For the purpose of this article, trichotillomania will be addressed from a behavioral perspective and behavioral assessment and treatment interventions will be reviewed. Behaviorists believe that Trichotillomania is basically a coping behavior that develops in response to stressful stimuli. The hair pulling behavior is reinforced through classical and operant conditioning that culminates in an individual reverting to hair pulling as a technique used to reduce tension (Diefenbach et al., 2000; Stein et al., 1999). In the remainder of this article, effective behavioral interventions will be reviewed.
Behavioral Assessment of Trichotillomania
As in the assessment of all mental and emotional disorders, the clinician should conduct a clinical interview that provides a thorough assessment of a multitude of factors. Emphasis may be given to age of onset, frequency (e.g., does hair pulling occur daily, is it persistent or only present in times of distress, does it follow a pattern) and quantity (i.e., pulling hair strands or clumps), emotional state (before, during and after hair pulling), self employed efforts to reduce or stop the behavior, past treatment interventions and family patterns (Bordnick, 1997; Christenson, Mackenzie, & Mitchell 1991; Mulinari-Brenner & Bergfeld, 2001; Simeon & Favazza, 2001; Stein et al., 1999). Environmental (external), motoric (physical response), sensory, affective and cognitive factors that influence pulling behaviors should also be explored in the clinical interview (Stemberger, Stein, & Mansueto, 2003). The goal of assessment is to determine a diagnosis and acquire information to assist in developing the treatment plan (Diefenbach, Tolin, Crocetto, Maltby, & Hannan, 2005). Before treatment can be implemented it is necessary to assure that hair pulling is the behavior that the client wishes to address in counseling (Mansueto, Golomb, Thomas, & Stemberger, 1999). Following confirmation that symptoms associated with Trichotillomania are the identified problems; antecedents, behaviors and consequences should be discussed with the client (Mansueto et al., 1999; Stemberger et al., 2003).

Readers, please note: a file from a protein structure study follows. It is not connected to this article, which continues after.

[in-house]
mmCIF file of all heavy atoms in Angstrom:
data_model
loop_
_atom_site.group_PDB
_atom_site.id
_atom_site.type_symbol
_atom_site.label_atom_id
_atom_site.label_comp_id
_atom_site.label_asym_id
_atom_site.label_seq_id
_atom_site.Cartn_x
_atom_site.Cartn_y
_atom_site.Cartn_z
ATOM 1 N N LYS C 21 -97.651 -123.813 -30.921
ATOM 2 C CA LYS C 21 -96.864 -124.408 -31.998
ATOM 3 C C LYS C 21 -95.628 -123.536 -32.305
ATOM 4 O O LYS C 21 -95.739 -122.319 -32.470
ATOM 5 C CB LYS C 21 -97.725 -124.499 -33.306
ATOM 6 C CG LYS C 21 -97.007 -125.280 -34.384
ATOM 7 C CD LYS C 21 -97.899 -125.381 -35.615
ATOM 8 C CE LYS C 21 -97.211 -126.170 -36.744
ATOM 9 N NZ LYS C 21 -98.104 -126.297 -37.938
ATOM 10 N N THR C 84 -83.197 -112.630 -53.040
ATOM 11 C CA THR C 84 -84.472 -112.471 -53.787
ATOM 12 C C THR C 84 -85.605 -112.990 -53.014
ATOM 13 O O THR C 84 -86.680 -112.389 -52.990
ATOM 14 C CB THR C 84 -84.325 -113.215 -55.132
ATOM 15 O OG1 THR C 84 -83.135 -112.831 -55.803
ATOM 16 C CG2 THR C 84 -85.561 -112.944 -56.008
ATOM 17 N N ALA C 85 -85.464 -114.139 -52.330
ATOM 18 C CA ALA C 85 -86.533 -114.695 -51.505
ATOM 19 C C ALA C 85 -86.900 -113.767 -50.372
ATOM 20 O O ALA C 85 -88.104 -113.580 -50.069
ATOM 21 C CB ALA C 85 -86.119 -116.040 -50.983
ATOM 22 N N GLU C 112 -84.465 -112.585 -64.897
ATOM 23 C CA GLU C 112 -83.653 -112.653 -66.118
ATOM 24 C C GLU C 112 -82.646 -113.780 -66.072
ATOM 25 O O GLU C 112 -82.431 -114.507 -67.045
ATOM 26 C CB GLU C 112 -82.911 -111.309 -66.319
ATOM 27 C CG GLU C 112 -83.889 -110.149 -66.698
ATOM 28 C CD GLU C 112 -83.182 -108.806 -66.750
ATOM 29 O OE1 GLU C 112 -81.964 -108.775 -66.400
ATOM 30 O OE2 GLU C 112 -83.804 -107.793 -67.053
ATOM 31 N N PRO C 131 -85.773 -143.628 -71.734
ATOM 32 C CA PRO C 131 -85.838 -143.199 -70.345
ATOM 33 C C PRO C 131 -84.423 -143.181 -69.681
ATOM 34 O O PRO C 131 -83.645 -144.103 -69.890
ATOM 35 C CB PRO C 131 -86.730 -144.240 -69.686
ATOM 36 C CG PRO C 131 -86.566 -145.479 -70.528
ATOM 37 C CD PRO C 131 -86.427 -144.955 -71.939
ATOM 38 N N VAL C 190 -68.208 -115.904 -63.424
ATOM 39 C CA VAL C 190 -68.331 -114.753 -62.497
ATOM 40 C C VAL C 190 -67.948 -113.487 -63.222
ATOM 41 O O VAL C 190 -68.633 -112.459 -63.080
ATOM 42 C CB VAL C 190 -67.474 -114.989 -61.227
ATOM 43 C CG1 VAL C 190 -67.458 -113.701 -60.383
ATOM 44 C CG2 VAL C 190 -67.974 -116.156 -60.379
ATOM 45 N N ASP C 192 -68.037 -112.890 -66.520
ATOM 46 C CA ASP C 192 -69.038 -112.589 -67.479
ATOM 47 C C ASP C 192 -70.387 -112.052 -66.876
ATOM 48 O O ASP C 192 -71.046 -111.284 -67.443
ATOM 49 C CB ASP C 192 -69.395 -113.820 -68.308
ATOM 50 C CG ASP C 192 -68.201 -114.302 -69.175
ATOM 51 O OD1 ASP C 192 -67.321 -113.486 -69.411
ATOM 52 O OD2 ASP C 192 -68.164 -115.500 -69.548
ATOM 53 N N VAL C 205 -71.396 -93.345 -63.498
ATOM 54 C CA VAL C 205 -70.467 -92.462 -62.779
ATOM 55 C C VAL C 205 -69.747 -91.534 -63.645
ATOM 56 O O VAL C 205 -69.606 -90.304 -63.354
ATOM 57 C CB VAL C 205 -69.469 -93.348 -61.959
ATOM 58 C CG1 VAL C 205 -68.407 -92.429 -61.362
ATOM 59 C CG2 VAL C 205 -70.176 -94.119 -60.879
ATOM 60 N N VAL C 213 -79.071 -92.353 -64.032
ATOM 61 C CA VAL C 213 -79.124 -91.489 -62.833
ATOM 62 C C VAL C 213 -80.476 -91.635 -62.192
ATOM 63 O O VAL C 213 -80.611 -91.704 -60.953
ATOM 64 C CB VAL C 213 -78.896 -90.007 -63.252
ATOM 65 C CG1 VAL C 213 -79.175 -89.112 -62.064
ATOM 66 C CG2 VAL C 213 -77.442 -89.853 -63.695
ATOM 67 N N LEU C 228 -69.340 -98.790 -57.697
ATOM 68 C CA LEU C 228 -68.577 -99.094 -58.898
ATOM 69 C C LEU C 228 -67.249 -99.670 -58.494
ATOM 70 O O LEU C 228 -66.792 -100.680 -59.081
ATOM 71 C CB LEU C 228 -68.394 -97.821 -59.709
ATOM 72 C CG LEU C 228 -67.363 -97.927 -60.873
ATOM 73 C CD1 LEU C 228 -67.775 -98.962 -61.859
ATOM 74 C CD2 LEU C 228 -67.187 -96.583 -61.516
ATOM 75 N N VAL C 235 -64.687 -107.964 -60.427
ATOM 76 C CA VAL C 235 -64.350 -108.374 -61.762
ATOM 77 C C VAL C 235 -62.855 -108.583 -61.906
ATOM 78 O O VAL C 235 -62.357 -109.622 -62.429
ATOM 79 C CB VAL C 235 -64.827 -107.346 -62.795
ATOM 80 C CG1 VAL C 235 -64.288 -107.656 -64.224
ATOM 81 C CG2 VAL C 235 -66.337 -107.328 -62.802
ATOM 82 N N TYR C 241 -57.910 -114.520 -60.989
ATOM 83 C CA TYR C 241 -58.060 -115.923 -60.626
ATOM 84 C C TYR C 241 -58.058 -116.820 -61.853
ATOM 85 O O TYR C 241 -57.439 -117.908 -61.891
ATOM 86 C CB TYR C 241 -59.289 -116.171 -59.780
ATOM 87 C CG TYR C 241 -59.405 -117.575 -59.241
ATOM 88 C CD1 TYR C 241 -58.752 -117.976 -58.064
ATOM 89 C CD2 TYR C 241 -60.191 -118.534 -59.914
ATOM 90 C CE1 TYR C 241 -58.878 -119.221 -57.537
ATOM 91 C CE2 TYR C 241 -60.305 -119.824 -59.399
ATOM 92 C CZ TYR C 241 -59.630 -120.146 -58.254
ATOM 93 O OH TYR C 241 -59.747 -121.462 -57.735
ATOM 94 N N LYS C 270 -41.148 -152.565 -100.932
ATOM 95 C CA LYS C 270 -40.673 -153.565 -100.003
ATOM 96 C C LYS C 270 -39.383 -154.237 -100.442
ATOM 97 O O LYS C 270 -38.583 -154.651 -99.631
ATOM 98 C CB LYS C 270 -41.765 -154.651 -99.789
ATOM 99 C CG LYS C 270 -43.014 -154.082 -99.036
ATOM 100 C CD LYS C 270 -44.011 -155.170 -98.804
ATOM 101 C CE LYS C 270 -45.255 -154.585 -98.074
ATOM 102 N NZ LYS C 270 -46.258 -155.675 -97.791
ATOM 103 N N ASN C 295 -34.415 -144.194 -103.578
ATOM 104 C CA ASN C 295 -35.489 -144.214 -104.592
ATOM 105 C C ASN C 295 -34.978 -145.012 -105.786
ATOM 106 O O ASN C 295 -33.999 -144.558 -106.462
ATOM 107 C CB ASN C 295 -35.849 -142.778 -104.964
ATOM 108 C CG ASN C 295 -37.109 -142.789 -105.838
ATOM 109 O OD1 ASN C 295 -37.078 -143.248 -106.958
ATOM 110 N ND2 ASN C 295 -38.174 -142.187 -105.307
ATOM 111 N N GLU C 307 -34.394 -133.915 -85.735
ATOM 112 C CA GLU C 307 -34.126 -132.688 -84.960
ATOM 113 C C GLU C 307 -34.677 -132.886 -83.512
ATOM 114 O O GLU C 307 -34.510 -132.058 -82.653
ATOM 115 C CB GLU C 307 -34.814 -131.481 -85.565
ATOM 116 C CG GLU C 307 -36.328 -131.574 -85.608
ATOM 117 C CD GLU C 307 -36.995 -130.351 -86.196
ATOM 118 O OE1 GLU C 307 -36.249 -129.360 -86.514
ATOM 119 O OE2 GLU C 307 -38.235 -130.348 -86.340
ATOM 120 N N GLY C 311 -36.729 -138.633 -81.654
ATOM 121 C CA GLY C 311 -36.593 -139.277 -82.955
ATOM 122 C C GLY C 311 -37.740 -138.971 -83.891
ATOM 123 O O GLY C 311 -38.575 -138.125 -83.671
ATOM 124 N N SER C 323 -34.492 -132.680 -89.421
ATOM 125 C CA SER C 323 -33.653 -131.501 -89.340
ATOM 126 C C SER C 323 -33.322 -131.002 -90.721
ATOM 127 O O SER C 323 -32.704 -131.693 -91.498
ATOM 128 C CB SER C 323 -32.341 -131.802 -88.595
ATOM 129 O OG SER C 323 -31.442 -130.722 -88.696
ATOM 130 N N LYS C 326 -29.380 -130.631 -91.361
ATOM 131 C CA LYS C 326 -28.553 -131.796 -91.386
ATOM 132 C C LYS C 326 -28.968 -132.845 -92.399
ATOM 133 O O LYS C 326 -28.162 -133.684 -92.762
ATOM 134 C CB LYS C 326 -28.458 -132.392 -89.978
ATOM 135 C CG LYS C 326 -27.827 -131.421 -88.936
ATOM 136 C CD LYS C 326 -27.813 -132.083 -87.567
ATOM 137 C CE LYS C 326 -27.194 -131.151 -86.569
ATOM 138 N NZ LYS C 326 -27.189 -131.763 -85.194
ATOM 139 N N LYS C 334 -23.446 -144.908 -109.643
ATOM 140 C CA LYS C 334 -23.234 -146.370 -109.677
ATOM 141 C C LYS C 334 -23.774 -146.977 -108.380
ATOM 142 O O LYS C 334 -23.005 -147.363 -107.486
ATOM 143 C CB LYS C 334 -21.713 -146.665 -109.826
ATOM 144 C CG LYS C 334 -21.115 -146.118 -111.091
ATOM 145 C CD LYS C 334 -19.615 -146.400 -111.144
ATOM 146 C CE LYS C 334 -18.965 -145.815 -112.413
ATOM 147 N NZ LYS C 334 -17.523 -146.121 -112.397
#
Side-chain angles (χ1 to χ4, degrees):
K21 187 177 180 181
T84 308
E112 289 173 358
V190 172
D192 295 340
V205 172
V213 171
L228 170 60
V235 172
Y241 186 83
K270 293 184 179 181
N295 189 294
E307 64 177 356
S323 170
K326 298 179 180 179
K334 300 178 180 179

The assessment of Trichotillomania is complicated by the tendency for individuals to be hesitant to disclose that they are suffering from Trichotillomania (Stein et al., 1999). Clinicians should make careful observations and employ carefully structured questioning to assist in uncovering information that the client may be resistant to disclose. Clinicians must look for overt and subtle hair pulling from various regions of the body where hair grows by not limiting observations to the scalpel region (Cohen, Stein, & Simeon, 1995; Enos & Plante, 2001; Stein et al., 1999; Walsh & McDougle, 2001). Social isolation may be another factor associated with Trichotillomania, as individuals may withdraw from others due to the belief that they are alone in their struggles (Diefenbach et al., 2000). As with all mental and emotional disorders, mental health professionals should consider the cultural context in which the trichotillomania occurs, as hair pulling may be a socially acceptable ritual rather than a disorder (Stein et al., 1999).